Oh, I feel better already. Did you see the one where they got taken to a separate, nearby island? And what do you think about the mysterious appearances of Jack’s dead Dad and the otherworldly “Jacob”? Did you see those?
Hey, Frank Einstein (a.k.a Madman), What kind of grades did you get when you were in school?
Recently I finished reading the Madman Gargantua, a pleasantly hefty volume collecting the adventures of Mike Allred’s ginchiest creation. There will be a full review later, but suffice it to say it’s about a re-animated hitman named Frank Einstein and his mad scientist pals and it’s overflowing with aliens, robots, time travel, and other awesome wackiness. In honor of this volume, I’ve decided to dedicate the month of March to celebrating it with a little something I’m calling March Mad(man)ness. To kick things off, our hero meets a fan:
Lately I’ve been reading the early Iron Fist stories, trying to get a better feel of the raw materials that Ed Brubaker and Matt Fraction are working with to craft the all-kinds-of-bad-ass Immortal Iron Fist series. There’s a fair amount of 70s cheese to the early tales from Doug Moench, Chris Claremont, et al. But from the start there is something compelling about young Danny Rand and his mystical king-fu abilities. He may not have had the coolest rogues gallery, but even jobbers like Khumbala Bey up there served the purposes of the story well enough. That purpose being: walking punching bag.
This little donnybrook occurred before the character really came into his own as a Hero for Hire alongside the eternally silk-shirted Luke Cage. Iron Fist suffered from some sartorial missteps of his own, rocking the comically over-sized collar, while showing off his chest tattoo:
He may not have had the keenest fashion sense, but he had the skills. His is a story as old as time. Boy goes on vacation with parents and family friend. Family friend is actually evil and kills Boy’s father and leaves Boy and his mother to die in the Himalayas. Mom gets eaten by wolves. Boy is given refuge by mystical mountain city of immortal bad-asses. Boy learns kung-fu from immortal bad-asses, thereby becoming the Grand High Bad-Ass (which the call Iron Fist). Boy uses kung-fu skills to avenge his father’s death. There are also ninjas.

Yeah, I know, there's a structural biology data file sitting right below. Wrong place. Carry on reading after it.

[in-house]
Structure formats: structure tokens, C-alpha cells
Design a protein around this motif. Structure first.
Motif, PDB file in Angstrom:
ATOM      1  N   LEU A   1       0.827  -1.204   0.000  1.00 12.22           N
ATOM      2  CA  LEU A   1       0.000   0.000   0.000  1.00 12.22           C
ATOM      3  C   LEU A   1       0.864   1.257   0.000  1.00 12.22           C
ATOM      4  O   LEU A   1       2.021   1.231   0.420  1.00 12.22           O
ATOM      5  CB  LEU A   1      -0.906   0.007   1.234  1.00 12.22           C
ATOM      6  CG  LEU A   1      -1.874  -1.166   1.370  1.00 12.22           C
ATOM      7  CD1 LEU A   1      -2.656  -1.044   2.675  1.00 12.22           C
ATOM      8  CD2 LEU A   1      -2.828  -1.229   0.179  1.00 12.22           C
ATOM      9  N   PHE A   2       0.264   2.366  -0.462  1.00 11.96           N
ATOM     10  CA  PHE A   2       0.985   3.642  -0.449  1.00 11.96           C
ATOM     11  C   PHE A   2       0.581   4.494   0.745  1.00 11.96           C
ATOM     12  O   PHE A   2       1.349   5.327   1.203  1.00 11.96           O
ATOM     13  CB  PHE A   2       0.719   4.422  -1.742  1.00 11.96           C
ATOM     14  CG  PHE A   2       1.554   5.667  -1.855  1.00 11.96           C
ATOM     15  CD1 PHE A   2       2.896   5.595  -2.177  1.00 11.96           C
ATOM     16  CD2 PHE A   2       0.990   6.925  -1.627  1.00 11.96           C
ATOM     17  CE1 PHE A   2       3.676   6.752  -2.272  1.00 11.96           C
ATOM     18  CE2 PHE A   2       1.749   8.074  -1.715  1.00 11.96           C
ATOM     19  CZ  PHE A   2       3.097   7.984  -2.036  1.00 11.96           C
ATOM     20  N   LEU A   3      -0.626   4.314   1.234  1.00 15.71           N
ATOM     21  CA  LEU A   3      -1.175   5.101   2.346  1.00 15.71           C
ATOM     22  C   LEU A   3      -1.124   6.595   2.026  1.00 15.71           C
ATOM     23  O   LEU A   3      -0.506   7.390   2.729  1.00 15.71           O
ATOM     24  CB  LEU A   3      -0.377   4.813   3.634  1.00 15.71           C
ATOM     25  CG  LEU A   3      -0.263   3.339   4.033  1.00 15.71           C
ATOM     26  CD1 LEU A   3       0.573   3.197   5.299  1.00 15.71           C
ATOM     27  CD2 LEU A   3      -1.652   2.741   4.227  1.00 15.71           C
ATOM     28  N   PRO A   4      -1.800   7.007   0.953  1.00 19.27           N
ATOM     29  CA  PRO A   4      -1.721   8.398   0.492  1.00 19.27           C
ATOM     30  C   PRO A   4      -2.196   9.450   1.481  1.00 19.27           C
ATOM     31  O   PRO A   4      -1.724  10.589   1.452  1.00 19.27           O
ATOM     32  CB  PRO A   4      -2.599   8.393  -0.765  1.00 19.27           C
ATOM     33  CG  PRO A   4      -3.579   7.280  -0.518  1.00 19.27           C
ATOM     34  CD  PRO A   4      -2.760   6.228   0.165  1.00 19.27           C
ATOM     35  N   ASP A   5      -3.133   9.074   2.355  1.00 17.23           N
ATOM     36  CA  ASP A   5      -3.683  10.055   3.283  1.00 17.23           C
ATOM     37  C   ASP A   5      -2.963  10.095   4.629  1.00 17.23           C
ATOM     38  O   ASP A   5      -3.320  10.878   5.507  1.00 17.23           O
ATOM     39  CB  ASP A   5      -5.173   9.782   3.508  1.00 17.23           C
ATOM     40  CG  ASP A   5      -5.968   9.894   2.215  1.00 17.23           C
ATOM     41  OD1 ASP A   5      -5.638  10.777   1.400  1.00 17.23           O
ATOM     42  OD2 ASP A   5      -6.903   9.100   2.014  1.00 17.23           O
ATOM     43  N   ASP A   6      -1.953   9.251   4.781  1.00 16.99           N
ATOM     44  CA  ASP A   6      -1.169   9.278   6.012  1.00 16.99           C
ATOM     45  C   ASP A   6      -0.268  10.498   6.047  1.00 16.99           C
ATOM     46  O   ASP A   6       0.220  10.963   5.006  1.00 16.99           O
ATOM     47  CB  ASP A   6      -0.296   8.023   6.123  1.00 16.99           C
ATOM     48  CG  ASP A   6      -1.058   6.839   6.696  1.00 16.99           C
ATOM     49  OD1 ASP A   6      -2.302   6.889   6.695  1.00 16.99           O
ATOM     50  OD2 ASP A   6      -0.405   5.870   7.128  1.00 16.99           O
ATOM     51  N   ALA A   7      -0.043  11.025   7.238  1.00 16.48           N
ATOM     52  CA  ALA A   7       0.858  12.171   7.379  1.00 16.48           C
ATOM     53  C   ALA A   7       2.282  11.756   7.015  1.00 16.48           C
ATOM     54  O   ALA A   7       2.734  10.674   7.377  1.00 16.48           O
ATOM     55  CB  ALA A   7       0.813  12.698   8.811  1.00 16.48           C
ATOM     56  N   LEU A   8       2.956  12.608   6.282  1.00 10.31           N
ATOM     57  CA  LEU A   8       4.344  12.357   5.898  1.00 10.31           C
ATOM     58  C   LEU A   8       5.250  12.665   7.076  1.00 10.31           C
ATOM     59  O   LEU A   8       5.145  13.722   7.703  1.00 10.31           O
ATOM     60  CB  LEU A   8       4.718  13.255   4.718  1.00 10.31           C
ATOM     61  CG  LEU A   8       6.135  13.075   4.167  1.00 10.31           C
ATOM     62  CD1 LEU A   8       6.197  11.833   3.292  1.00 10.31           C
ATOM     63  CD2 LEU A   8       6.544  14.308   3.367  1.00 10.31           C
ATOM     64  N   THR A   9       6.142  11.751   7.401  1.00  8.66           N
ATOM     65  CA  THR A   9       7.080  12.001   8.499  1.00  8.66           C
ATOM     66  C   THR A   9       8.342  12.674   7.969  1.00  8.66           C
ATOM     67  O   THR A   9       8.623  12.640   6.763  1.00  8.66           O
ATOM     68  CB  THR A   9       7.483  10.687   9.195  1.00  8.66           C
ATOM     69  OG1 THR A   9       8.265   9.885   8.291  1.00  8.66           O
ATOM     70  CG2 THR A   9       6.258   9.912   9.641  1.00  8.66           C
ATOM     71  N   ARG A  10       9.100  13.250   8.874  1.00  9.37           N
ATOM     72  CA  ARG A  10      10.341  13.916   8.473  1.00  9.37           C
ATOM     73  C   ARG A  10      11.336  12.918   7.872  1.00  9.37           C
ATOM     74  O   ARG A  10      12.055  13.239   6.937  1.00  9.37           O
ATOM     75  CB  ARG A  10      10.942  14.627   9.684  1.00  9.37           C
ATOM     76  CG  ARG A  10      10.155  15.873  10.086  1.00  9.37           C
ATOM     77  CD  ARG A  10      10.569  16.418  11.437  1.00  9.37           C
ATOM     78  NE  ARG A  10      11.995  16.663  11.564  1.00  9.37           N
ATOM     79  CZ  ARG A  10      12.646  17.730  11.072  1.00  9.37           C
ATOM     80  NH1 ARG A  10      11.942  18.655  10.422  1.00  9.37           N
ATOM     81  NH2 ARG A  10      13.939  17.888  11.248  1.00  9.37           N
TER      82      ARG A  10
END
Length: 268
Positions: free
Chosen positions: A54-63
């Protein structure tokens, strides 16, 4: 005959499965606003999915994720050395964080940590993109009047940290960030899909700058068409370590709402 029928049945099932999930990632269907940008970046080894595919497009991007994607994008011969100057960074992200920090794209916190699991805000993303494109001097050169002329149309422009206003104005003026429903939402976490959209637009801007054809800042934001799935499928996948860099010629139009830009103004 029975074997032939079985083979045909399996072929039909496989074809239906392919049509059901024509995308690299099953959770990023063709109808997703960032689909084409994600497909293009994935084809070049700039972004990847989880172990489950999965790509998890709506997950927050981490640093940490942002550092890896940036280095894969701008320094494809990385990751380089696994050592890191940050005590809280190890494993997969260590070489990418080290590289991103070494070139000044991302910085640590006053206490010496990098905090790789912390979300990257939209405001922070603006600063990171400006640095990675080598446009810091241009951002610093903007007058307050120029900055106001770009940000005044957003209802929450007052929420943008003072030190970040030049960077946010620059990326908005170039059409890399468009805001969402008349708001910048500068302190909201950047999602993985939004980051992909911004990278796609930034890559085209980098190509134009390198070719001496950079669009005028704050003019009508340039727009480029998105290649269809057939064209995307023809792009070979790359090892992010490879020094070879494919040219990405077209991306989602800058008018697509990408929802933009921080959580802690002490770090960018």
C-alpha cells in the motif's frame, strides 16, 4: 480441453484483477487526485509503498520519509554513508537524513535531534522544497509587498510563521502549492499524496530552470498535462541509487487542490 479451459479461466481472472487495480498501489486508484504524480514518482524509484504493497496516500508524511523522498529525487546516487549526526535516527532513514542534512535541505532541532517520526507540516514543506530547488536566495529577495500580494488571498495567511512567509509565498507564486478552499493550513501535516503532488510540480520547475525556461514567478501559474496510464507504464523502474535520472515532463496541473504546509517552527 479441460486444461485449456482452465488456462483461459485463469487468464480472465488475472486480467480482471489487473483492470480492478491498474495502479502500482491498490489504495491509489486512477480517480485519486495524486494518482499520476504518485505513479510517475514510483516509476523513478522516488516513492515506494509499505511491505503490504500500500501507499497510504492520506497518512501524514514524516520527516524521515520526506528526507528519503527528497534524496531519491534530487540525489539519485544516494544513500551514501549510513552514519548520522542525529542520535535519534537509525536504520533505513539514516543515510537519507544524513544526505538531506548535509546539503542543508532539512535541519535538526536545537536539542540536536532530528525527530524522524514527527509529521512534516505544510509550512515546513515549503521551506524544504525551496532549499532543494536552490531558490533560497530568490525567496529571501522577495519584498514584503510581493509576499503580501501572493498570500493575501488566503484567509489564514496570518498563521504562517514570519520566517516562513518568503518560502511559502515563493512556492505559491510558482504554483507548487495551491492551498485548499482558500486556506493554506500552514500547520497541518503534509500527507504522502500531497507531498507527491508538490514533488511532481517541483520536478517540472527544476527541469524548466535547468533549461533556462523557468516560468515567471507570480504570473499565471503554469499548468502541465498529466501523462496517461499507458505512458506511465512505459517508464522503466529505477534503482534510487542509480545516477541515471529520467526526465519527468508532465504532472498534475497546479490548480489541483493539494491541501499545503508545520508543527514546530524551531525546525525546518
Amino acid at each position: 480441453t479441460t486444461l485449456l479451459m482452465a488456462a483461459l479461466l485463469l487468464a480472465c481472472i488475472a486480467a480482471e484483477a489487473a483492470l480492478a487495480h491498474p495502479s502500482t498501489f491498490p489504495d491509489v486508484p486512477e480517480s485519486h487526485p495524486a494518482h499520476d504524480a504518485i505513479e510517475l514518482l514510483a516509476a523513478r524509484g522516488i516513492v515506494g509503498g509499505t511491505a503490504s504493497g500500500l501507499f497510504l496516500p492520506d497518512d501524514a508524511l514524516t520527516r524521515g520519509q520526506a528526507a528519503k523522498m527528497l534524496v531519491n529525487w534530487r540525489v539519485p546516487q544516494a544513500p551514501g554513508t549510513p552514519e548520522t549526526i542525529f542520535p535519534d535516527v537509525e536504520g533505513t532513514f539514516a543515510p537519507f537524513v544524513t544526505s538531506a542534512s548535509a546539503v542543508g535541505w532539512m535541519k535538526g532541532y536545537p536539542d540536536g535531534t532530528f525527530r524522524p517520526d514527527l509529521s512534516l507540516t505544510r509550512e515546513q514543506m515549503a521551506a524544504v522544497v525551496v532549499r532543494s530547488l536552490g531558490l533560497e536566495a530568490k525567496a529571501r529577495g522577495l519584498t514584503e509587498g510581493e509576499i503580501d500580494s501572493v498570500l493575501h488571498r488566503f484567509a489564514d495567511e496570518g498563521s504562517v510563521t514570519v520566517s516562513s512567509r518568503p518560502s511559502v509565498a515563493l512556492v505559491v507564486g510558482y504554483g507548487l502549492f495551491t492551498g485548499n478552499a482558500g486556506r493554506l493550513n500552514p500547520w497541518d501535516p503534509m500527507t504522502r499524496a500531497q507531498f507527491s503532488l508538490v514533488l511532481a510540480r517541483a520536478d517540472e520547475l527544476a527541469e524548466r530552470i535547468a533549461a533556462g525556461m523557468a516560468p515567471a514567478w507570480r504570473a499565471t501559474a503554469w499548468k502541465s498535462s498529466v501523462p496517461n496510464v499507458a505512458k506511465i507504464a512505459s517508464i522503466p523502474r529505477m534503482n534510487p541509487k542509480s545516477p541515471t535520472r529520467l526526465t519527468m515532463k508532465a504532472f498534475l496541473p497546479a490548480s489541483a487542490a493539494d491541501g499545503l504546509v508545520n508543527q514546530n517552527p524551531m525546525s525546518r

I can’t help but wonder why nobody else had the idea to take this character off the shelf before Frubaker came along. But I’m glad they did.
Bahlactus knows what I mean.
The fist in question belongs to one Marc Spector, whose nom de superhero is Moon Knight. Before he went around mutilating people’s faces, he used to just lay a little smack down on the poor thugs. This example is from Essential Moon Knight Vol. 2, part of the excellent line of old school Marvel reprints that make up for the lack of color with pure grit, son. All the issues in this volume are drawn by Bill Sienkiewicz, and the man was on his game at this point in the swingin’ seventies. Moon Knight may not have had the coolest villains, but he could throw down and Sienkiewcz always made it look good.
Brought to you by Bahlactus, as usual.
This comes from the recently released and very awesome graphic novel The Goon: Chinatown –
It’s a kind of origin story for Eric Powell’s heavily scarred noir character and it looks incredible. The Goon pretends to be an enforcer for a crime family while actually running the show himself, frequently going up against zombies and supernatural weirdness as a natural cost of doing business. Chinatown varies from the usual formula, eschewing humor for a darker, more emotional tone. From the first page Powell warns the reader that “This ain’t funny” and he ain’t kidding as he shows us how The Goon got his scars, inside and out. If this is more than you want to know, take it up with Bahlactus.